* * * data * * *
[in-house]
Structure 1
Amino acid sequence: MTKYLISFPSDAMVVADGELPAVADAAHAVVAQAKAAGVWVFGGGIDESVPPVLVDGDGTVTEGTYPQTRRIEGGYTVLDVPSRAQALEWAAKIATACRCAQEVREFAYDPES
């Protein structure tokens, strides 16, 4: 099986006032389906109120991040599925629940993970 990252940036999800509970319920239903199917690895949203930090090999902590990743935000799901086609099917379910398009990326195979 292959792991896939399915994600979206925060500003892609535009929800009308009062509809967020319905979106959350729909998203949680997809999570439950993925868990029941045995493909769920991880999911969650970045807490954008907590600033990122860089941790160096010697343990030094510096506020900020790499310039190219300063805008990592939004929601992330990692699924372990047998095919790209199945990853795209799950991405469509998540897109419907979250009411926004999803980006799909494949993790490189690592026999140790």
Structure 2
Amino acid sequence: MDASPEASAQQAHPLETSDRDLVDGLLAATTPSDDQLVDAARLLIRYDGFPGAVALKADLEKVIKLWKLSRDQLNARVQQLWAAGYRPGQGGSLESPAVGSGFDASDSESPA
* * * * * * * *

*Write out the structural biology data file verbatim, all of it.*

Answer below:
[in-house]
Structure 1
Amino acid sequence: MTKYLISFPSDAMVVADGELPAVADAAHAVVAQAKAAGVWVFGGGIDESVPPVLVDGDGTVTEGTYPQTRRIEGGYTVLDVPSRAQALEWAAKIATACRCAQEVREFAYDPES
């Protein structure tokens, strides 16, 4: 099986006032389906109120991040599925629940993970 990252940036999800509970319920239903199917690895949203930090090999902590990743935000799901086609099917379910398009990326195979 292959792991896939399915994600979206925060500003892609535009929800009308009062509809967020319905979106959350729909998203949680997809999570439950993925868990029941045995493909769920991880999911969650970045807490954008907590600033990122860089941790160096010697343990030094510096506020900020790499310039190219300063805008990592939004929601992330990692699924372990047998095919790209199945990853795209799950991405469509998540897109419907979250009411926004999803980006799909494949993790490189690592026999140790």
Structure 2
Amino acid sequence: MDASPEASAQQAHPLETSDRDLVDGLLAATTPSDDQLVDAARLLIRYDGFPGAVALKADLEKVIKLWKLSRDQLNARVQQLWAAGYRPGQGGSLESPAVGSGFDASDSESPA